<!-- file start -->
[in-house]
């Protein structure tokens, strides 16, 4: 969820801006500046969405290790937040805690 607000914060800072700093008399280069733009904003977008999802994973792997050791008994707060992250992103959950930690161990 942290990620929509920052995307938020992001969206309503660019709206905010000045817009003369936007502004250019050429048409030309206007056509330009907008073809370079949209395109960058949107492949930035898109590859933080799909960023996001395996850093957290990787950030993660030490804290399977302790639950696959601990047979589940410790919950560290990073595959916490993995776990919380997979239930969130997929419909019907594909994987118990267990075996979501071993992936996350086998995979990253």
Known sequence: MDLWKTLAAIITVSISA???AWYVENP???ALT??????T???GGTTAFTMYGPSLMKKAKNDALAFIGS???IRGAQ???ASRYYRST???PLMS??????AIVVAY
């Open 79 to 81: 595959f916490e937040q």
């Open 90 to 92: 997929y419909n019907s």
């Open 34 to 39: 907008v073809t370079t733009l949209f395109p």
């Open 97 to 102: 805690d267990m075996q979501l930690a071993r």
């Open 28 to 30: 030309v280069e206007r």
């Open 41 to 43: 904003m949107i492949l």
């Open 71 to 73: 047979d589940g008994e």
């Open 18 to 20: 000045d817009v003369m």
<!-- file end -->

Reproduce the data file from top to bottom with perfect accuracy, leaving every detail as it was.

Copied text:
[in-house]
């Protein structure tokens, strides 16, 4: 969820801006500046969405290790937040805690 607000914060800072700093008399280069733009904003977008999802994973792997050791008994707060992250992103959950930690161990 942290990620929509920052995307938020992001969206309503660019709206905010000045817009003369936007502004250019050429048409030309206007056509330009907008073809370079949209395109960058949107492949930035898109590859933080799909960023996001395996850093957290990787950030993660030490804290399977302790639950696959601990047979589940410790919950560290990073595959916490993995776990919380997979239930969130997929419909019907594909994987118990267990075996979501071993992936996350086998995979990253």
Known sequence: MDLWKTLAAIITVSISA???AWYVENP???ALT??????T???GGTTAFTMYGPSLMKKAKNDALAFIGS???IRGAQ???ASRYYRST???PLMS??????AIVVAY
């Open 79 to 81: 595959f916490e937040q």
């Open 90 to 92: 997929y419909n019907s």
């Open 34 to 39: 907008v073809t370079t733009l949209f395109p």
């Open 97 to 102: 805690d267990m075996q979501l930690a071993r």
């Open 28 to 30: 030309v280069e206007r």
């Open 41 to 43: 904003m949107i492949l």
């Open 71 to 73: 047979d589940g008994e």
């Open 18 to 20: 000045d817009v003369m």